News / USA

Release of Radical Group's Leaders Causes Shock in Turkey

Plainclothes policemen and workers recover the remains of a missing person killed by radical islamic guerrillas, from a site in the southern Turkish city of Adana (File Photo)
Plainclothes policemen and workers recover the remains of a missing person killed by radical islamic guerrillas, from a site in the southern Turkish city of Adana (File Photo)

There is a political storm raging in Turkey over the release of the leaders of a radical islamic Kurdish group from prison. Called Hizbullah, the group is blamed for the torture and killing more than 100 people in its battle with the Kurdish separatist organization the PKK.

When the leading members of Hizbullah were sprung from jail in early January, their release caused shock around Turkey.

"They killed so many people, seen as sympathetic of PKK, especially lawyers, teachers, some civil societies people," said journalist Rusen Cakir, an expert on the group. "And in the beginning of 2000 security forces discovered so many people killed by people by Hizbullah after having  being tortured by Hizbullah. So it maybe most terrifying political organization of Turkish republic."

Hizbullah, unrelated to the Lebanese Hezbollah, is believed by many to be responsible for the deaths of hundreds of people during the mid-1990s, the worst years of the conflict between the outlawed Kurdistan Workers’ Party, or PKK, and Turkish government forces. Hizbullah came to prominence in the late 1980s in southeastern Turkey. Some experts say its aim is to destroy the secular order and spread “true Islam” throughout the country, by force if necessary. However, strong claims have surfaced over the years that it was the state itself that established the organization to fight the PKK through illegal means, such as summary executions.

Rusen Cakir believe the state did use Hizbullah for this purpose:

"Public enemy of number one for the state was PKK," said Cakir. "So sure that Hizbullah by fighting PKK were encouraged, supporters or sponsored by different status apparatus."

But when Hizbullah starting targeting government officials, Turkish security forces killed its leader and arrested the remaining Hizbullah leadership.

In the wake of the arrests, Hizbullah began moving away from violence and set up numerous organizations providing charity for the Kurdish  poor. At the same time, members began advocating its radical Islamic agenda.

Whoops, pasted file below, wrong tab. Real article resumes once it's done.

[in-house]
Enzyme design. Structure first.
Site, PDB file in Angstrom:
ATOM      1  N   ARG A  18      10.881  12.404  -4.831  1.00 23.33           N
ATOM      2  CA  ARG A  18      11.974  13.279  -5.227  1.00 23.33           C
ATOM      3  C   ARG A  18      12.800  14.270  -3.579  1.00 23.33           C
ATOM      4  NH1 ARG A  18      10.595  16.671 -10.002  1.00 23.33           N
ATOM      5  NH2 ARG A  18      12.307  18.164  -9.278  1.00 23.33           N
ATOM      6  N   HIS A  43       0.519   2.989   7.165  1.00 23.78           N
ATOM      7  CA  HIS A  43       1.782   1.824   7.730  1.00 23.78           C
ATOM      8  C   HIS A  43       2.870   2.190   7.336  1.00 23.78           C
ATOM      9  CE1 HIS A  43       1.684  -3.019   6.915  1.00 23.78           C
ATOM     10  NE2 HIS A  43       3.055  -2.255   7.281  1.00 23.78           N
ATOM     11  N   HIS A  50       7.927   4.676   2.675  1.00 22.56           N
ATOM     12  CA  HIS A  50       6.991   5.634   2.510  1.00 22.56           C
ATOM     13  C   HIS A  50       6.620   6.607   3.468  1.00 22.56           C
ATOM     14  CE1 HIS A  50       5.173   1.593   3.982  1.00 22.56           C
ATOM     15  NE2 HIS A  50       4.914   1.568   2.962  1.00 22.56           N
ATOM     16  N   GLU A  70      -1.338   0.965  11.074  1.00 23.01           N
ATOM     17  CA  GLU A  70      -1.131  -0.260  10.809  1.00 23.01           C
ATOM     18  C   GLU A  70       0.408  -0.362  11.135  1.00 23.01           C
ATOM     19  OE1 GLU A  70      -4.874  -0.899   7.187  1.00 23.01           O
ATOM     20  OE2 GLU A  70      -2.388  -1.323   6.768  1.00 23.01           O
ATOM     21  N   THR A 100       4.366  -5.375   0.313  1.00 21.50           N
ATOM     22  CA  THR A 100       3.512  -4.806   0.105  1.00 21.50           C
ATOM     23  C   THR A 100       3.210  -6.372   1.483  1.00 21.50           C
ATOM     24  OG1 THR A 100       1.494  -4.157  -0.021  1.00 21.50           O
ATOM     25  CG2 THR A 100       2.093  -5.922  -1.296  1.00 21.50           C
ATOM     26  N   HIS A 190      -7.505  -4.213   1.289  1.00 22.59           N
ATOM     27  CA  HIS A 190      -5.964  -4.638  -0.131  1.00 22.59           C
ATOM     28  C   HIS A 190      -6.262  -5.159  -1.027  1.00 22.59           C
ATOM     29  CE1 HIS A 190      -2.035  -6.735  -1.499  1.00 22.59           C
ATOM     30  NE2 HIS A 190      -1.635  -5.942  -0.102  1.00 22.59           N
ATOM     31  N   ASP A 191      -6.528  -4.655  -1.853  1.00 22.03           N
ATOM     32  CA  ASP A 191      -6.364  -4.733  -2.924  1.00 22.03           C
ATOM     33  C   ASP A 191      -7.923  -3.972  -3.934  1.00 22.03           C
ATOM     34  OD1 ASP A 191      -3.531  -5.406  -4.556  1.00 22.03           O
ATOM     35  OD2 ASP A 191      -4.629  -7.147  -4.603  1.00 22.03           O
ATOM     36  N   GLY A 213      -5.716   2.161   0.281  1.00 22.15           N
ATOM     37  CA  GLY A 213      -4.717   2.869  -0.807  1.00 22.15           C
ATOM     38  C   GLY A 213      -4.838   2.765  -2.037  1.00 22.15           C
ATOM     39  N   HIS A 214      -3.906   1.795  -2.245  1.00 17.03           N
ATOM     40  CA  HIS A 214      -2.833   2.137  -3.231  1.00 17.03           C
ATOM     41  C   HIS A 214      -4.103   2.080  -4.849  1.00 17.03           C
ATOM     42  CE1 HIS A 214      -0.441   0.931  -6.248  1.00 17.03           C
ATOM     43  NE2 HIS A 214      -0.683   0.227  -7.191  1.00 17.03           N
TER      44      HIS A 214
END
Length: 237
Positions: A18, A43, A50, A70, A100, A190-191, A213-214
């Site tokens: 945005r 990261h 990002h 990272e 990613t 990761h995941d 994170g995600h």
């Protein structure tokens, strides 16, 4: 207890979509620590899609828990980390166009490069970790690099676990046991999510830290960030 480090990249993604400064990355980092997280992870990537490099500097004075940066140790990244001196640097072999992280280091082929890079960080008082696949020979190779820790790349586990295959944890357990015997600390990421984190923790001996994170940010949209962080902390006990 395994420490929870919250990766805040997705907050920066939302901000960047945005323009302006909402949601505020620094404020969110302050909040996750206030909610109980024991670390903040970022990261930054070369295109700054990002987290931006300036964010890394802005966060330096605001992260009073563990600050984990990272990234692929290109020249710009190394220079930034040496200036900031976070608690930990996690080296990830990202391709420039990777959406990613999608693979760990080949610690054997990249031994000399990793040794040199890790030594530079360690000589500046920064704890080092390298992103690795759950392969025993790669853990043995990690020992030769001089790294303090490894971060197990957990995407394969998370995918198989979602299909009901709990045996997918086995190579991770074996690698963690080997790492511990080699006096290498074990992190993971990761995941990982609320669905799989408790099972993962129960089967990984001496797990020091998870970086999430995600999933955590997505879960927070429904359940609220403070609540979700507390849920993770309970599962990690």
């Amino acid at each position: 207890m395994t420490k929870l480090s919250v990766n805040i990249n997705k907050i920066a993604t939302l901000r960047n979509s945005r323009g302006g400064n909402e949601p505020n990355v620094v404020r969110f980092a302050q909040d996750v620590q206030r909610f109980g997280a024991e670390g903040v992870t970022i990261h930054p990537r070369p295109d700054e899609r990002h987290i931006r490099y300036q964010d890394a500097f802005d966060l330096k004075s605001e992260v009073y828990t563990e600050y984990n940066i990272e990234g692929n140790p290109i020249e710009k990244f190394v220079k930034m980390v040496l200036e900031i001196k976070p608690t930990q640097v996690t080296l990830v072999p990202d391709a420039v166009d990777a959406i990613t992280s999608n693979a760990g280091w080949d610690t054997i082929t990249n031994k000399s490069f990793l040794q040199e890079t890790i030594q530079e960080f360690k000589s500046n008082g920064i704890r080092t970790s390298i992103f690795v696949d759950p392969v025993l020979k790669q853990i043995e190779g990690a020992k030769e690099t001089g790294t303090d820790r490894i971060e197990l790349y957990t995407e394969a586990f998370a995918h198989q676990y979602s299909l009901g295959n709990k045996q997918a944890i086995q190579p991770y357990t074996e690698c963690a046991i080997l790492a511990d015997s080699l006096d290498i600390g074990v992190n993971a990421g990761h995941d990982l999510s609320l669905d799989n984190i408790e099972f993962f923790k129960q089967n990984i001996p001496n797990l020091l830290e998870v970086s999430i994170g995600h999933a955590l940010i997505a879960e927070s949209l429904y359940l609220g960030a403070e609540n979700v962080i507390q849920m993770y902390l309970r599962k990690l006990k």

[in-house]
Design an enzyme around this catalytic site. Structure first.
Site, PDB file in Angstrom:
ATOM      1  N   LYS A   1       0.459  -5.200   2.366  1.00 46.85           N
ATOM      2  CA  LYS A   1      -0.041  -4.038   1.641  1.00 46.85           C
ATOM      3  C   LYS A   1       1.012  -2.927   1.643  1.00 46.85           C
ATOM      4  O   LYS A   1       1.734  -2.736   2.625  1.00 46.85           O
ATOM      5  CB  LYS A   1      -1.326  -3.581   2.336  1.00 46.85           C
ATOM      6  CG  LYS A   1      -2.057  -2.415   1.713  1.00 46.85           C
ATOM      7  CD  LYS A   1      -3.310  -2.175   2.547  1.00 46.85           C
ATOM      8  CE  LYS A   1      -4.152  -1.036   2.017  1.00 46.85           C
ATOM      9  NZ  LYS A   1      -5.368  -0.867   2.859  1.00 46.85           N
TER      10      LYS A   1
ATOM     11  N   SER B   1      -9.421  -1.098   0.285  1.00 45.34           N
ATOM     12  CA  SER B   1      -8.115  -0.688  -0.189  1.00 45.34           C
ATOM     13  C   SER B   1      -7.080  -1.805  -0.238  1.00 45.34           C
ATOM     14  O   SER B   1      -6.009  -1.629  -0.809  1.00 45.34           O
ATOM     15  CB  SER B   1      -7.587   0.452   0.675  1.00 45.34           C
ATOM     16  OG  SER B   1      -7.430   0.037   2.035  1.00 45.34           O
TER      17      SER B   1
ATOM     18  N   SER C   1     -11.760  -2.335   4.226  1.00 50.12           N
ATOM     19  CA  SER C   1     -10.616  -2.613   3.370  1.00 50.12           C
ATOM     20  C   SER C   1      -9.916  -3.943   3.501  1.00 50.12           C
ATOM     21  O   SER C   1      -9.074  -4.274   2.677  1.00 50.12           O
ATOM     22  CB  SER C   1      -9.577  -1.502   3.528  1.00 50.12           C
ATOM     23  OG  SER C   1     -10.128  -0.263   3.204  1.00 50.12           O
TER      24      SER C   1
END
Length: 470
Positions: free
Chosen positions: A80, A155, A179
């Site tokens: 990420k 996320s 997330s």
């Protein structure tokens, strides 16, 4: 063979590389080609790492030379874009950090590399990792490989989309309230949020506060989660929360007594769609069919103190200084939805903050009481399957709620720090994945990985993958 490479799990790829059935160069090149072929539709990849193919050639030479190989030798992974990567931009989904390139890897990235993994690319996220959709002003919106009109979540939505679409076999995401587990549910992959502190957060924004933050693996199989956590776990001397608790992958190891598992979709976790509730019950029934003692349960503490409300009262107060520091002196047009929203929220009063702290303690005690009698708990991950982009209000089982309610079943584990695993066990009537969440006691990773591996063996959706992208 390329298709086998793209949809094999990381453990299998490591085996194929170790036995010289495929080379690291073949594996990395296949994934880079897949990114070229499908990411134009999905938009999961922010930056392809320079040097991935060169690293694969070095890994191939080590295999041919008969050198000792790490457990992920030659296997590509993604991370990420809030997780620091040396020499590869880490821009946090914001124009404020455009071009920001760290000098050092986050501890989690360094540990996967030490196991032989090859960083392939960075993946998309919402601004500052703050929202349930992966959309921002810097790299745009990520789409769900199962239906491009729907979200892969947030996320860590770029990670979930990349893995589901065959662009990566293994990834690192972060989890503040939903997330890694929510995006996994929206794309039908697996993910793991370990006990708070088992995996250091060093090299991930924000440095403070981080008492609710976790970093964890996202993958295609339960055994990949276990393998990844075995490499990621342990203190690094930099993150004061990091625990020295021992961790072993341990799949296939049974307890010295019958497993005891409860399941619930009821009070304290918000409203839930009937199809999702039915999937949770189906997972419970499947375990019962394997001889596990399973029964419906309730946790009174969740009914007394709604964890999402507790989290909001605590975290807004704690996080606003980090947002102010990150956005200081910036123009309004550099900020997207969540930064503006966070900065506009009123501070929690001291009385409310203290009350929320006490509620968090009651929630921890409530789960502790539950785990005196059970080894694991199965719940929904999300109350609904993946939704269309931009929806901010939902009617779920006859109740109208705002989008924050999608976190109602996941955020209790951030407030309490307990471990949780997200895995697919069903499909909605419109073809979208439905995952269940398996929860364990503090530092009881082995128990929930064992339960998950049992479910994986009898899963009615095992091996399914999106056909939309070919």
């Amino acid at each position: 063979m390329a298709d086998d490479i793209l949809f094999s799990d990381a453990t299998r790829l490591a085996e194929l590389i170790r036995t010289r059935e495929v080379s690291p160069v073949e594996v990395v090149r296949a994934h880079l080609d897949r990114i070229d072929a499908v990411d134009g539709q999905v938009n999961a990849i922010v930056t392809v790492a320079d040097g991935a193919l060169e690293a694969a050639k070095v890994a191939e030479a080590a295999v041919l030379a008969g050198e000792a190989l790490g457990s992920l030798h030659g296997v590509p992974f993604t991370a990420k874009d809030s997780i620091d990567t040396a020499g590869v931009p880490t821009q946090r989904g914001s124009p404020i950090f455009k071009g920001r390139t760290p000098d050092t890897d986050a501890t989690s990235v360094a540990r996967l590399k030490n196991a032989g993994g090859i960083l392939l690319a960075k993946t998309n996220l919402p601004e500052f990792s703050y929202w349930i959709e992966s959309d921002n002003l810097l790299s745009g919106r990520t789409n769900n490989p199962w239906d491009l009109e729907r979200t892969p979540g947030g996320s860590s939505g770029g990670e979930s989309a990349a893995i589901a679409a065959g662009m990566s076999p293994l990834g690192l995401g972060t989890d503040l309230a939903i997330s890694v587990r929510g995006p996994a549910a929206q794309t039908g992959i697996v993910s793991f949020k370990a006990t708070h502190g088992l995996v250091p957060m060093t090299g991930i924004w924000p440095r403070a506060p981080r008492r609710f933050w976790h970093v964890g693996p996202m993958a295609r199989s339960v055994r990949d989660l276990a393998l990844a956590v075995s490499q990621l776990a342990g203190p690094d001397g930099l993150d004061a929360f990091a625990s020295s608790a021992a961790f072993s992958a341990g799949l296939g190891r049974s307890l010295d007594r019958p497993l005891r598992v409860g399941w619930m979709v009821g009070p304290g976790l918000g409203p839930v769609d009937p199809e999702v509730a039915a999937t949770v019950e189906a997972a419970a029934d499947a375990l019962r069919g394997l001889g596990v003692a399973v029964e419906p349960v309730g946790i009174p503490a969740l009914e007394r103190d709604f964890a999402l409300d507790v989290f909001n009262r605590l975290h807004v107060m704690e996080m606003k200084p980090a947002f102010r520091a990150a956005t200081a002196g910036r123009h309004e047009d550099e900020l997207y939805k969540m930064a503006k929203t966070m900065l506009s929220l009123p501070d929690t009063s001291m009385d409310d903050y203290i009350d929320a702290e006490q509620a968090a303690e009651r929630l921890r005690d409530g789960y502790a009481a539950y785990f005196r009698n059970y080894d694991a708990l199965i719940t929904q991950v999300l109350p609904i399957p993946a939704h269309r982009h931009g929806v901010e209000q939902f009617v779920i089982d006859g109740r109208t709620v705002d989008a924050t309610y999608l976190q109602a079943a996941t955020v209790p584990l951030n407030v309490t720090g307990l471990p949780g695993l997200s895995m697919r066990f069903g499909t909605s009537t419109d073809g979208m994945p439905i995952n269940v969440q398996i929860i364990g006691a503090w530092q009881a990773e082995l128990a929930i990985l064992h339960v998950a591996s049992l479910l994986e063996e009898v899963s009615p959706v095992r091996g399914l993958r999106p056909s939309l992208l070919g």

The group now is believed to be one of the most powerful organizations in the predominately Kurdish southeast.

In early January, Hizbullah leaders were leased from jail allegedly due to a law limiting the arrest period for unconvicted people. Their release comes as the government suffered several electoral defeats in the predominately Kurdish southeast to a resurgent Kurdish nationalist movement. Leader of the main opposition Kemal Kilicdaroglu says that is no coincidence:

"Your MPs, in Batman and Van, did they go to the offices of Hizbullah Society or not? Why is the prime minister not calling Hizbullah a terrorist organization? Could it be because of their partnership in the Southeast?" said Kilicdaroglu.

But Turkish Prime Minister Recep Tayyip Erdogan dismisses those accusations.

"To connect AKP with Hizbullah or any other terror organization is tactlessness and cowardice," he said. "Where is the evidence?

Such denials are not expected to silence the deepening controversy, especially with a  general election expected this June.

Analysts say the  predominantly Kurdish southeast is a key area for the ruling AK party in the June election. But with a rejuvenated Kurdish nationalist opposition, they may have a uphill battle.

Cakir says the release of the Hizbullah leadership is a major moral boost to the organization. And,  if Hizbullah decides to enter the elections in the key predominantly Kurdish southeast, its powerful grass roots movement could be key to determining the Turkish prime minister's votes there.

You May Like

Photogallery Pope Condemns IS 'Persecution' of Minorities

Pope delivers annual 'Urbi et Orbi' (to the city and the world) blessing, appeals for end to conflicts in Africa, dialogue in Middle East, condemns Taliban attack in Pakistan More

China Reduces Number of Crimes Punishable by Death

Earlier this year China announced plans to remove nine crimes from the list of capital offenses, including counterfeiting, fraudulent fund-raising and forcing others into prostitution More

Analysis: For N. Koreans, Parody Has Grave Tone